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Tax increases depend on definition of "wealthy"

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What is wealthy these days anyway? Is it a household with an annual income of $250,000, or is it $1 million?

If we’re going to avoid the dreaded “fiscal cliff,” President Obama and Congress are going to have to decide, potentially in an upcoming lame duck session that political expert Andrew Friedman calls “The Mother of All Lame Duck Sessions.”

During a webinar sponsored by Sammons Retirement Solutions on Nov. 8, Friedman, who is principal of The Washington Update, said the federal budget deficit will become President Obama’s “legacy issue,” which presidents tend to focus on during their second term. He has the rest of this year and 2013 to show he’s going to be serious about deficit reduction, before mid-term elections inevitably take center stage in 2014.

But let’s get back to the wealthy and that fiscal cliff. With Obama’s reelection, Republicans are coming to realize that affluent Americans are going to be subject to higher taxes next year. The question is, how wealthy do you have to be before your tax rate increases?

The Bush-era tax cuts, which will expire at the start of 2013 without action from Congress, will be the subject of much debate during the lame duck session. In an effort to raise revenue to combat the deficit, Obama and the Democrats do not want to extend the Bush tax cuts for wealthy Americans, which they define as households with annual incomes of more than $250,000. White House senior adviser David Plouffe has said President Obama will veto anything that extends the Bush tax cuts for the wealthy. But the question of how wealthy is wealthy is something that could very well be negotiable, Friedman said during his webinar comments last Thursday.

Republicans, who of course want the Bush tax cuts extended for all Americans, may be forced to (shudder) compromise and accept that said Bush tax cuts will not be extended for Americans with household incomes of, say, $1 million instead of $250,000. The Obama administration would also (shudder) compromise and allow the tax cuts to be extended even to wealthy Americans who fall short of that $1 million household income figure.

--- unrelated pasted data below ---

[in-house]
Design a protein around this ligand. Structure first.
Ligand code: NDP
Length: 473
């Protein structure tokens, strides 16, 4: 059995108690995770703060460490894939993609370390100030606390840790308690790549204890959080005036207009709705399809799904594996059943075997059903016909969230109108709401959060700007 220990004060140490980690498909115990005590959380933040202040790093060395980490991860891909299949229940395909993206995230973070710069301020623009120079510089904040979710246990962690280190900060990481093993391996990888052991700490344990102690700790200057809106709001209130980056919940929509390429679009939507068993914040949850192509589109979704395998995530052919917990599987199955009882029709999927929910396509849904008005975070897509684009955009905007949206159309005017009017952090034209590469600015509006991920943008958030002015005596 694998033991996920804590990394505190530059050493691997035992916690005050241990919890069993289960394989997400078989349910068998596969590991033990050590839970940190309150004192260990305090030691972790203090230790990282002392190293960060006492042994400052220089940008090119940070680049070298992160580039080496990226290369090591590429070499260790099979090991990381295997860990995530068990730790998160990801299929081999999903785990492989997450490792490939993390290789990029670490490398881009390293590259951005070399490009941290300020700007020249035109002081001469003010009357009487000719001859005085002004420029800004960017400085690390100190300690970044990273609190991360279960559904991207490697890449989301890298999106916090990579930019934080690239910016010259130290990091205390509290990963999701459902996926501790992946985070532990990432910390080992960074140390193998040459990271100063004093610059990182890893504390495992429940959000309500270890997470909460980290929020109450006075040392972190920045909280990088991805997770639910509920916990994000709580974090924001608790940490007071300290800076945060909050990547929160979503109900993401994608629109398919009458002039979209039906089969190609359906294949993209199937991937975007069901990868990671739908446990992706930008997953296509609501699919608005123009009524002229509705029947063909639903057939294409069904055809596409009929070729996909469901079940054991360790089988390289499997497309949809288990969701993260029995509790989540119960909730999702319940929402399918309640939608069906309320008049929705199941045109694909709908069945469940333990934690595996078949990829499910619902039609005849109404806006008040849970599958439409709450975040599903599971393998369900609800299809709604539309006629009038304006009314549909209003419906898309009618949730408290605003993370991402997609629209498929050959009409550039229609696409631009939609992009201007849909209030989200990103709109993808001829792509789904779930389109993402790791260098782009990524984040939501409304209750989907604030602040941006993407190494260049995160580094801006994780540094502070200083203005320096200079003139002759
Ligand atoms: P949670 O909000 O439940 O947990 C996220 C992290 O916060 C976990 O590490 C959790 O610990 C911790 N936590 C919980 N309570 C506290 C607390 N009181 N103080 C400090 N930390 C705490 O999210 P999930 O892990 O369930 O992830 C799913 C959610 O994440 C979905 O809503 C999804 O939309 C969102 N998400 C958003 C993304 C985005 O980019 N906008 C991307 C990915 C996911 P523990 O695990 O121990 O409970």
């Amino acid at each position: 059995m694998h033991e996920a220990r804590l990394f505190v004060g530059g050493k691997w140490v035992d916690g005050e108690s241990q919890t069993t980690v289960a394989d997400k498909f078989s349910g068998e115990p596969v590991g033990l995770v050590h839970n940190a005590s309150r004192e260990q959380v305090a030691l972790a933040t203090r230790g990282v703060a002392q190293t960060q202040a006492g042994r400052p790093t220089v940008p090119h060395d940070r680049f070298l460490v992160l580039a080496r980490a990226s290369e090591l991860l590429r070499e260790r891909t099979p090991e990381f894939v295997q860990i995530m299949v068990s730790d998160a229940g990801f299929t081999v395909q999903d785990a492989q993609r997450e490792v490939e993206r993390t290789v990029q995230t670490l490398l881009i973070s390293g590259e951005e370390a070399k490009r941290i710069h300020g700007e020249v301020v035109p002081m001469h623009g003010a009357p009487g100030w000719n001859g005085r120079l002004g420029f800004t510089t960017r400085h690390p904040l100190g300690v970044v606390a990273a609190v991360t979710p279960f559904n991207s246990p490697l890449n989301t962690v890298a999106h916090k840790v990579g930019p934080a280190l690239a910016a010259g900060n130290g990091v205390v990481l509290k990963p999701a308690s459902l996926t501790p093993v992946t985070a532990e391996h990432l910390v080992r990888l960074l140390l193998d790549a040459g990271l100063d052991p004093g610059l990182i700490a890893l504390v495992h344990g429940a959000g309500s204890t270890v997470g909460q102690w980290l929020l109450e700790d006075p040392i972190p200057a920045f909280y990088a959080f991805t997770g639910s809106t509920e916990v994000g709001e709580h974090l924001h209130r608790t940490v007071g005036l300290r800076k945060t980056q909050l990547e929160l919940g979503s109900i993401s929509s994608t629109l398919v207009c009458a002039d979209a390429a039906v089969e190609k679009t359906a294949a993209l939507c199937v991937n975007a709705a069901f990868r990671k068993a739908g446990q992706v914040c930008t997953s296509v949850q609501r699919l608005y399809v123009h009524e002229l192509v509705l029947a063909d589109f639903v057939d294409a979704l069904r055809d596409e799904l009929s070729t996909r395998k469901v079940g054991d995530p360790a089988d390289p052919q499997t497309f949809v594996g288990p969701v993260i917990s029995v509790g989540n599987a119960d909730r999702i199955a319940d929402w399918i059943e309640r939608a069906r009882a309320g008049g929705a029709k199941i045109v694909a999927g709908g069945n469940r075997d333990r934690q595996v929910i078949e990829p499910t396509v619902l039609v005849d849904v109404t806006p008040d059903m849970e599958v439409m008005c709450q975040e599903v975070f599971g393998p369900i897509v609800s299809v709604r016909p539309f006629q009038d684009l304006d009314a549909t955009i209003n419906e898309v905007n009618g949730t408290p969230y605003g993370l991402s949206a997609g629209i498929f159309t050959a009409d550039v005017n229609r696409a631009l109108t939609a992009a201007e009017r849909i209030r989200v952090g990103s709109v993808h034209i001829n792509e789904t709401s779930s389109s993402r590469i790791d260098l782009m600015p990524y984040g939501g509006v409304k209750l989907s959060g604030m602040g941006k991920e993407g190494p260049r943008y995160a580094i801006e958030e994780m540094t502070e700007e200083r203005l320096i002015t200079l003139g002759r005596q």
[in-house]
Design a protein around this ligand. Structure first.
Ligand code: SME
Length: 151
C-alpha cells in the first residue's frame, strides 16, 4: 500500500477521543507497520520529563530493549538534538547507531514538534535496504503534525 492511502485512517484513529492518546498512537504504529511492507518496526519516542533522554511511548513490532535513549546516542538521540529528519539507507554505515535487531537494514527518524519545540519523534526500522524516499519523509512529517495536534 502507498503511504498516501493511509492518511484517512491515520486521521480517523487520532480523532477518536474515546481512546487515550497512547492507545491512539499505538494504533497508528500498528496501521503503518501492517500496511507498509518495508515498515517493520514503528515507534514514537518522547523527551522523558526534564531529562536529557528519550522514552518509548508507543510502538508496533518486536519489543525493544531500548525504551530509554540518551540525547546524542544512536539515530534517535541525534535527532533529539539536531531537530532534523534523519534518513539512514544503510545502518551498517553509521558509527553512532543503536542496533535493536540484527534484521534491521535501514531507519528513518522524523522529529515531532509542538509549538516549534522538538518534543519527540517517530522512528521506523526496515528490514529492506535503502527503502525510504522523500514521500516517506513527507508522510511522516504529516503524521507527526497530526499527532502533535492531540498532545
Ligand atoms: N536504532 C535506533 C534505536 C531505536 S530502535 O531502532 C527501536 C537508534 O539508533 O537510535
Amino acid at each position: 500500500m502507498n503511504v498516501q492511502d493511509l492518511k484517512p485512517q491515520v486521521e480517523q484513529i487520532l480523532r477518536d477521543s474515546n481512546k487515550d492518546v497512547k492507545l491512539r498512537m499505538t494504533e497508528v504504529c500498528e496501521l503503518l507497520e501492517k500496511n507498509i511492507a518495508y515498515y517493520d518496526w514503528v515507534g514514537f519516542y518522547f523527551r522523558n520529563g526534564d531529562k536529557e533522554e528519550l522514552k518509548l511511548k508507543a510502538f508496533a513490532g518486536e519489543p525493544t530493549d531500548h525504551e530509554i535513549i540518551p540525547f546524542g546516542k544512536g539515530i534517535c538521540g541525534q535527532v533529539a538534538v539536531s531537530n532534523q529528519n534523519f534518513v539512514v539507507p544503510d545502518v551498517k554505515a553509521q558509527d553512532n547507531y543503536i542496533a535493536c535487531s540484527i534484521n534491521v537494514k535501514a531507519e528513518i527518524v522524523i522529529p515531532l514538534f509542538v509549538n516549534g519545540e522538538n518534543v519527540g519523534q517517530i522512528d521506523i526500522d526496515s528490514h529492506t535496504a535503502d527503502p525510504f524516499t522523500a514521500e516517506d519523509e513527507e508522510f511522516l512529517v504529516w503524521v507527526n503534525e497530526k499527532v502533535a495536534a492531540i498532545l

See also: Avoiding the fiscal cliff

Neither side wants to see the Bush tax cuts sunset completely, as that would surely mean a big push over the fiscal cliff, which is why the wealthiest Americans will likely see their tax rate increase. Friedman did warn that a deal to extend the Bush tax cuts may not happen during the lame duck session and may in fact have to wait until the tax cuts have expired in 2013. The reason? Remember all those Republicans who signed Grover Norquist’s “Taxpayer Protection Pledge” to never vote for any tax increases under any circumstances? Well, if the ones who still have their seats after Election Day want to keep to their pledge, they would want to allow the Bush tax cuts to expire as 2013 ends, meaning higher tax rates for everyone. Then, with tax rates raised, they can agree to reduce the tax rate and still adhere to their pledge.

Friedman did say he thinks the fiscal cliff will be avoided, and he said he also thinks we will see an estate tax exemption rate between $3.5 million and $5 million next year. He says neither side wants to see the estate tax exemption revert back to $1 million, as it is scheduled to do at the beginning of 2013 unless Congress acts. But Friedman warned that Democrats are more likely to let the lifetime gift tax exclusion limit revert from $5 million down to the 2001 level of $1 million. Friedman recommended advisors on the call to talk to their clients about taking advantage of the gifting opportunity that could shrink substantially once the ball drops on New Year’s Eve.

For more from Brian Anderson, see:

Despite distractions, LTCI Awareness Month is here

5 things that scare me about the future of life insurance

ACLI 2012 in full swing


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